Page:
This story was inspired by the LinkedIn breach where originally it was thought that only 6.5M credentials were leaked. As it turns out, in May of 2016 we learn that number was actually 117M.
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Just to find out how often people fall for Wifi traps, researchers in Hong Kong set up a trap to find out just how many people can be easily tempted to log in to malicious hotspots. This article gives you statistics on the number of random users who connected to the malicious Wifi.
CIO reports on a research survey conducted by Avast to find out the number of users who fell for a free Wifi trap. Over 68% of users gave up their identity to the attackers. This report discusses the dangers of free Wifi.
Hackers can do more than just steal your identity and credentials. They can even use your smartphone. This article discusses 13 ways attackers can use your smartphone for malicious purposes.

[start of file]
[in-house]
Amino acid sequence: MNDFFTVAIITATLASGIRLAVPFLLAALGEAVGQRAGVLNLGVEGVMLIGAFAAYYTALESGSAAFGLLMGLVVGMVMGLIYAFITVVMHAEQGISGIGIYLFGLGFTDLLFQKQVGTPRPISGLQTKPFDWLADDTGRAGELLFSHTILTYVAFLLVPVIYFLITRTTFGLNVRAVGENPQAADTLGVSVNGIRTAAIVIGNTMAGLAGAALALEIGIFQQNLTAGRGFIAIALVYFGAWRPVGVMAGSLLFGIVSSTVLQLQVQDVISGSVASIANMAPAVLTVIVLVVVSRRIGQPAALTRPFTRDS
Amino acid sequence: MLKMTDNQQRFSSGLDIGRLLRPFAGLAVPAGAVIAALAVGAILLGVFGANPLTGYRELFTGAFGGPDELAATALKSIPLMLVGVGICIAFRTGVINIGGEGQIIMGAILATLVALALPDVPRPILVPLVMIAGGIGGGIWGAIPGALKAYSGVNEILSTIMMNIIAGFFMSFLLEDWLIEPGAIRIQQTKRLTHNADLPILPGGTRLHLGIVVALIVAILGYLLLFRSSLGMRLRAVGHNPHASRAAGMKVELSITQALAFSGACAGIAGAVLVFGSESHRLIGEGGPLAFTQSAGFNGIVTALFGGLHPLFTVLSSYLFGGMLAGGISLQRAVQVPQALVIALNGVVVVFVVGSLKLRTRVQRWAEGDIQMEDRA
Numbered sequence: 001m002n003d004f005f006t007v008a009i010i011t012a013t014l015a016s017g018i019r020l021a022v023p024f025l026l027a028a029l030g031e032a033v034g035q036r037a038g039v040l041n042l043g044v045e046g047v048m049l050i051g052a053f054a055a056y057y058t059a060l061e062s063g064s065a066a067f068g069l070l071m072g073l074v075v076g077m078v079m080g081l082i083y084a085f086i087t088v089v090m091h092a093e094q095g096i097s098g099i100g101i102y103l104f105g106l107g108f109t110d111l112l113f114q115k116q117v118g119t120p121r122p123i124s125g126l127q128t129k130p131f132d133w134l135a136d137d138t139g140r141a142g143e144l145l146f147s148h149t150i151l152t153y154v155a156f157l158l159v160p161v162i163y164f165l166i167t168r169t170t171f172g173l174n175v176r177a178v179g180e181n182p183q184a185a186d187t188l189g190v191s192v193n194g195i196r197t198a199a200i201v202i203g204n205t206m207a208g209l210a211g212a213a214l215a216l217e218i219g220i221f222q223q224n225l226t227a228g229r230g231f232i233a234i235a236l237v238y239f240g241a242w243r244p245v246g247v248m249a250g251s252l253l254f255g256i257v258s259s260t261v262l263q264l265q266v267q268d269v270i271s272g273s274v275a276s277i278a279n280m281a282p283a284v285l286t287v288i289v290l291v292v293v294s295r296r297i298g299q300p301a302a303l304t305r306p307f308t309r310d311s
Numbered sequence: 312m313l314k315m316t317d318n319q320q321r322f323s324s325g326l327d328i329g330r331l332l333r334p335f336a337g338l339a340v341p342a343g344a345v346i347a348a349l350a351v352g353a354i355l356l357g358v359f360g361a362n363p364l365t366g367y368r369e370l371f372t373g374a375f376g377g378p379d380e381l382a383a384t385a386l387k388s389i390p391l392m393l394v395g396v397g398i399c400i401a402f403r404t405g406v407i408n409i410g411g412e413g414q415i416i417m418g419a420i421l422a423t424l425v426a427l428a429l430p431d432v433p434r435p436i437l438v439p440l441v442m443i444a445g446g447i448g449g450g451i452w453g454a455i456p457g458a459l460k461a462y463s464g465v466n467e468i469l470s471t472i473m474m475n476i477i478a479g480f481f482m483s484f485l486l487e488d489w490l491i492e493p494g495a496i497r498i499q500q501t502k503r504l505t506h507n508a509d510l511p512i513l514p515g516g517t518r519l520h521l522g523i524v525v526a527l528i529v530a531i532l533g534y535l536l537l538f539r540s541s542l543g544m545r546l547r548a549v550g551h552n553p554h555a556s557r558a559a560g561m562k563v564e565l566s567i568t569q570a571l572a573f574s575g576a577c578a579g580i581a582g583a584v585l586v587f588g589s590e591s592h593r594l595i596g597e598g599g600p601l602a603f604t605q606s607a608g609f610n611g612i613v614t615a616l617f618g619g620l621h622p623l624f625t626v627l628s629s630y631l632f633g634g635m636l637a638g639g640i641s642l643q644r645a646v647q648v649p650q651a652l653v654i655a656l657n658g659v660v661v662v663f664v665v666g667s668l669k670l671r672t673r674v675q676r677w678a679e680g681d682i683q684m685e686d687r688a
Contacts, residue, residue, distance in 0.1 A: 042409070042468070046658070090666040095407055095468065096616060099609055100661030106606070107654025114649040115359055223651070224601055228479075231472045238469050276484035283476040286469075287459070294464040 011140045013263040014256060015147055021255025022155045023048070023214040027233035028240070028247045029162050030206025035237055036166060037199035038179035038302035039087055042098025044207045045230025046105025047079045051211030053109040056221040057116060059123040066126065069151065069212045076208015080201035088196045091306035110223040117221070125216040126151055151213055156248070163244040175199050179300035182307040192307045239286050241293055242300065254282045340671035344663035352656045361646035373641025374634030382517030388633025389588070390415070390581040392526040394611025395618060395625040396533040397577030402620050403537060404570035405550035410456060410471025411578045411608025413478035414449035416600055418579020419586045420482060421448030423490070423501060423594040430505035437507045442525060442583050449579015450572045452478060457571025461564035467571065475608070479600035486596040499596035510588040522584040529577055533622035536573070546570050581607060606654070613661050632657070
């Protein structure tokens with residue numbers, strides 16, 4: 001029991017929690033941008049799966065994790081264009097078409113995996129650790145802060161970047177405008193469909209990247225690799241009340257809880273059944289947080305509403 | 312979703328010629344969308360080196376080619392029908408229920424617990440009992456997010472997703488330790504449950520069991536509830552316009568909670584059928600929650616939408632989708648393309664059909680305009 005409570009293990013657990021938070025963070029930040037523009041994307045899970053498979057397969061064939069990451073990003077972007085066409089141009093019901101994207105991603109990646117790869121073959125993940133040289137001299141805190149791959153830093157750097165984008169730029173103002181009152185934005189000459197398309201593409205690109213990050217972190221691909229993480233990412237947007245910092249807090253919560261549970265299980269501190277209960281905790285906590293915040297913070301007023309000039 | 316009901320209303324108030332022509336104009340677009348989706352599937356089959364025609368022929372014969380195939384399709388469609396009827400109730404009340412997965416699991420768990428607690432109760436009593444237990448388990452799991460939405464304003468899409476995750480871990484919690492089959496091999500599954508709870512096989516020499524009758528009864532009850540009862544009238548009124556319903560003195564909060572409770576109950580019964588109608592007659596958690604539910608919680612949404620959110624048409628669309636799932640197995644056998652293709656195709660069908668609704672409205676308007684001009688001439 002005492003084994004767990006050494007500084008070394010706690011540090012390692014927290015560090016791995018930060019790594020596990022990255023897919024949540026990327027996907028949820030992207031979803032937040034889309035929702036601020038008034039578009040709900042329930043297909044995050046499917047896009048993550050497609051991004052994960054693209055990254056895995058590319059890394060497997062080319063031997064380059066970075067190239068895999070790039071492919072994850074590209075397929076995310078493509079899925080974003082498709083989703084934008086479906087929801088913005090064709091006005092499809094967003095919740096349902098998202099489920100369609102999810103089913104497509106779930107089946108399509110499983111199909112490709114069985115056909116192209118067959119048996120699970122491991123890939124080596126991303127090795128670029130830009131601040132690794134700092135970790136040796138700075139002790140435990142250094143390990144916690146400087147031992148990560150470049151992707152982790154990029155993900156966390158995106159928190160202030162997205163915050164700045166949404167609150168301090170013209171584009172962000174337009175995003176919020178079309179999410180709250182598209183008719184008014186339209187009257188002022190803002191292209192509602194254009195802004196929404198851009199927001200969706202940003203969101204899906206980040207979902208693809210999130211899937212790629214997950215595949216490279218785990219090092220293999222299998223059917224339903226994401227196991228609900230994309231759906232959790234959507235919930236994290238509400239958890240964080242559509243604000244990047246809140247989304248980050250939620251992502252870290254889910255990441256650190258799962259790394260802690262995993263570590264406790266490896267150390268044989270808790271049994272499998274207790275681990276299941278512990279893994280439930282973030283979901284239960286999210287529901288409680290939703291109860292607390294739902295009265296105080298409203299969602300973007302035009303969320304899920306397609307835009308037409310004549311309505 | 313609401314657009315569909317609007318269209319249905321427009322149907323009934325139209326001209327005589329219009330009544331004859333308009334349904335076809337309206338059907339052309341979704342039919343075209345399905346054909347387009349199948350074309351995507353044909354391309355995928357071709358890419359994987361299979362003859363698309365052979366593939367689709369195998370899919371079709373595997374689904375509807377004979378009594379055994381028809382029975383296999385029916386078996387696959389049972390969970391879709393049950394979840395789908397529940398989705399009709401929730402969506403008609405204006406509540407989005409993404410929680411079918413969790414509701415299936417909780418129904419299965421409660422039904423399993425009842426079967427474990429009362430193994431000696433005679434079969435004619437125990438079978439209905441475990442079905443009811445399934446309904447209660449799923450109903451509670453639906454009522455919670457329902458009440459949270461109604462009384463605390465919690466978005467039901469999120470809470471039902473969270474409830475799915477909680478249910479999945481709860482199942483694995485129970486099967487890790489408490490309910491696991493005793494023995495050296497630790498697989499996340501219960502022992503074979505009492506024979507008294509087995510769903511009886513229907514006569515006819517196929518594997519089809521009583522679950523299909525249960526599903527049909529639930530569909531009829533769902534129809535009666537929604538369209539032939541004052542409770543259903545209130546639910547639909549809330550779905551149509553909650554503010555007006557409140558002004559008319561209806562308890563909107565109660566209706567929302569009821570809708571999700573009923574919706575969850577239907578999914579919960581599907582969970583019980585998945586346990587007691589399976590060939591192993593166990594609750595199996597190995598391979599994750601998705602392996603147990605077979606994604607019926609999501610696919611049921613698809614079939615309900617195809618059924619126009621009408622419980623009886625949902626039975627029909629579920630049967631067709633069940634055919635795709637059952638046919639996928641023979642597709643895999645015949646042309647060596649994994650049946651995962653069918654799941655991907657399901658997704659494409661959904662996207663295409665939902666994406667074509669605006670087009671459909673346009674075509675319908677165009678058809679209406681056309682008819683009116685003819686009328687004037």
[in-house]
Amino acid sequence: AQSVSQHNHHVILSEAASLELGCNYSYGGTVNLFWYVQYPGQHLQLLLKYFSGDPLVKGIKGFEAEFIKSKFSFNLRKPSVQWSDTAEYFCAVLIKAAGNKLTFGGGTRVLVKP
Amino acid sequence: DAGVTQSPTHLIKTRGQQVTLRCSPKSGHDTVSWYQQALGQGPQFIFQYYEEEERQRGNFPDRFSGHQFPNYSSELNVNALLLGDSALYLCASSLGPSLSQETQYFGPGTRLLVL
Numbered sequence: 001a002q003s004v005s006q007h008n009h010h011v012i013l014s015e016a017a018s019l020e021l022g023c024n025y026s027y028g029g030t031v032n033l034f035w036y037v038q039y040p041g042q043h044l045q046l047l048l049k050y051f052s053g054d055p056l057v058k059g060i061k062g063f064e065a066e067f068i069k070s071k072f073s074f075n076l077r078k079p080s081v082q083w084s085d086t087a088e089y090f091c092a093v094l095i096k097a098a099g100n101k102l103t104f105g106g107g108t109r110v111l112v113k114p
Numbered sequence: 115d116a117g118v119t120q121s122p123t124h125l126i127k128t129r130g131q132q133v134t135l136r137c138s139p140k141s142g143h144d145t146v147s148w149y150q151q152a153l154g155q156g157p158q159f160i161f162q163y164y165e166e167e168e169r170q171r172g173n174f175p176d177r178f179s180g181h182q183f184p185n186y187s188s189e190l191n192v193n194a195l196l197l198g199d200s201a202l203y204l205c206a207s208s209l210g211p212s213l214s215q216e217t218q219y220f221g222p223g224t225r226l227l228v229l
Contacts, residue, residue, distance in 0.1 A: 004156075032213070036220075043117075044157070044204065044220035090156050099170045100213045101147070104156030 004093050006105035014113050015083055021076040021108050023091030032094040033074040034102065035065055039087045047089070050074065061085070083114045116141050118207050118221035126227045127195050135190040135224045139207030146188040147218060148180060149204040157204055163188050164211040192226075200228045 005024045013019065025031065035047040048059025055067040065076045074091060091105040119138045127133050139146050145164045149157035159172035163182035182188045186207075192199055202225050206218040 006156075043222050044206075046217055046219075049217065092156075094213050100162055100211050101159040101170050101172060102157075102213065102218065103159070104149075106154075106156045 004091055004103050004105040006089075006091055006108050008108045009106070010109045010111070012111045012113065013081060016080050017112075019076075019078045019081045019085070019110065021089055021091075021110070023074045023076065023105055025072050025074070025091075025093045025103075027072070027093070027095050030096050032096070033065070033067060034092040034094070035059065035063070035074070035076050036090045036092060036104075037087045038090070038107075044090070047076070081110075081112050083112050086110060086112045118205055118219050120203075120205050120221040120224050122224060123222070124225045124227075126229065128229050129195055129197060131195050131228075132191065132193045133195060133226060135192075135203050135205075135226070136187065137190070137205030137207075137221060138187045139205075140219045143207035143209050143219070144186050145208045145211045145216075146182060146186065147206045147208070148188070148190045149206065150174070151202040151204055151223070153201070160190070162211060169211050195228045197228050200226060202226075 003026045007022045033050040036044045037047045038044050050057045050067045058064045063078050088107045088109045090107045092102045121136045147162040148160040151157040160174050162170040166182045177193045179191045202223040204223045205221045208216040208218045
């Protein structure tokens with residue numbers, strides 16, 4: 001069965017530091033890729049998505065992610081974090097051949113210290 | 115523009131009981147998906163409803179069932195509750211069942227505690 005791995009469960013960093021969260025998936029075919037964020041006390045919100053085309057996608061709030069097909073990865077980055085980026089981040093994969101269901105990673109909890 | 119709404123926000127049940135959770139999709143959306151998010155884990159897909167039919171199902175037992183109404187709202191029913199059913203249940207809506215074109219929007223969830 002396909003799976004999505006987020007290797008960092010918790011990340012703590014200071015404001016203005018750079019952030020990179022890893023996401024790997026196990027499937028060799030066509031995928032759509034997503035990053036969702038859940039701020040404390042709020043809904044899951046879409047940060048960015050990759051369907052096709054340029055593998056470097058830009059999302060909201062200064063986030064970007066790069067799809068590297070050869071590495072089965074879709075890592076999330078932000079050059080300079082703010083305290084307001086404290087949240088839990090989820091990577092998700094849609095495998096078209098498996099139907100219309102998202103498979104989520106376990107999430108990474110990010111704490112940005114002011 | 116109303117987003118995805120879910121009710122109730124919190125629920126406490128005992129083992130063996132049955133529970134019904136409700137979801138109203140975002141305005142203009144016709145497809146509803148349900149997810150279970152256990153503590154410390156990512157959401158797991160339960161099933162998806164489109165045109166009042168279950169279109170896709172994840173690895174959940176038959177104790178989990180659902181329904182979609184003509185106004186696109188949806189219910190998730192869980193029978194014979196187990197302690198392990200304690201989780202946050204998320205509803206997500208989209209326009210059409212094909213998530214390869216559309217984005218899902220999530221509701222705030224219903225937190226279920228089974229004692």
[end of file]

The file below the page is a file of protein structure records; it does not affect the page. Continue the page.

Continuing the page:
This article covers the basic security dangers of connecting to public Wifi and what you can do to identify malicious hotspots. It also helps you keep safe when using public Wifi hotspots to keep your identity safe.
The essence of malicious Wifi hotspots is a man in the middle attack. This article explains man in the middle attacks, how they work, and what you can do to avoid them.